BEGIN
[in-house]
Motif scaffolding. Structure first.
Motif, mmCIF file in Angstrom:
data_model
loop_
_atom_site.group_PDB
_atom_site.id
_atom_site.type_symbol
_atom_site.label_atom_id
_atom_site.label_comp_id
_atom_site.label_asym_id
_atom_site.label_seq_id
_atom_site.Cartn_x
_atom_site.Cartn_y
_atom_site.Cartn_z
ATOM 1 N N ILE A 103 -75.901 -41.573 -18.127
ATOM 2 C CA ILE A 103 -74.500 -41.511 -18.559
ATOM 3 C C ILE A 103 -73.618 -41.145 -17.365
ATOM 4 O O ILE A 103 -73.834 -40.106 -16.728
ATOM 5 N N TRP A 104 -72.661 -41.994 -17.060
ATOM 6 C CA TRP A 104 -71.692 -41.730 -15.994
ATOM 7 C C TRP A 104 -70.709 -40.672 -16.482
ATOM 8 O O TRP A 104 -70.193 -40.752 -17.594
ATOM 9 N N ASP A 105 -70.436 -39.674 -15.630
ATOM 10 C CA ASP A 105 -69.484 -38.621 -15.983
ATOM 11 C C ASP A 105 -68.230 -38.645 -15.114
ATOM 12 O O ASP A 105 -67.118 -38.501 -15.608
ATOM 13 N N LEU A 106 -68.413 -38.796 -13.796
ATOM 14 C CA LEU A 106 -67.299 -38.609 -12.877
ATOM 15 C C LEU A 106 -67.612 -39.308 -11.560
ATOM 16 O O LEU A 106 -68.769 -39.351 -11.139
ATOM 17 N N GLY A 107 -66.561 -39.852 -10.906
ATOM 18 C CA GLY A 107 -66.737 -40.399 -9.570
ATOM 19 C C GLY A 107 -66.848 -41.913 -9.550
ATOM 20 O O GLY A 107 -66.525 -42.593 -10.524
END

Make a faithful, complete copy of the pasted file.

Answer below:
[in-house]
Motif scaffolding. Structure first.
Motif, mmCIF file in Angstrom:
data_model
loop_
_atom_site.group_PDB
_atom_site.id
_atom_site.type_symbol
_atom_site.label_atom_id
_atom_site.label_comp_id
_atom_site.label_asym_id
_atom_site.label_seq_id
_atom_site.Cartn_x
_atom_site.Cartn_y
_atom_site.Cartn_z
ATOM 1 N N ILE A 103 -75.901 -41.573 -18.127
ATOM 2 C CA ILE A 103 -74.500 -41.511 -18.559
ATOM 3 C C ILE A 103 -73.618 -41.145 -17.365
ATOM 4 O O ILE A 103 -73.834 -40.106 -16.728
ATOM 5 N N TRP A 104 -72.661 -41.994 -17.060
ATOM 6 C CA TRP A 104 -71.692 -41.730 -15.994
ATOM 7 C C TRP A 104 -70.709 -40.672 -16.482
ATOM 8 O O TRP A 104 -70.193 -40.752 -17.594
ATOM 9 N N ASP A 105 -70.436 -39.674 -15.630
ATOM 10 C CA ASP A 105 -69.484 -38.621 -15.983
ATOM 11 C C ASP A 105 -68.230 -38.645 -15.114
ATOM 12 O O ASP A 105 -67.118 -38.501 -15.608
ATOM 13 N N LEU A 106 -68.413 -38.796 -13.796
ATOM 14 C CA LEU A 106 -67.299 -38.609 -12.877
ATOM 15 C C LEU A 106 -67.612 -39.308 -11.560
ATOM 16 O O LEU A 106 -68.769 -39.351 -11.139
ATOM 17 N N GLY A 107 -66.561 -39.852 -10.906
ATOM 18 C CA GLY A 107 -66.737 -40.399 -9.570
ATOM 19 C C GLY A 107 -66.848 -41.913 -9.550
ATOM 20 O O GLY A 107 -66.525 -42.593 -10.524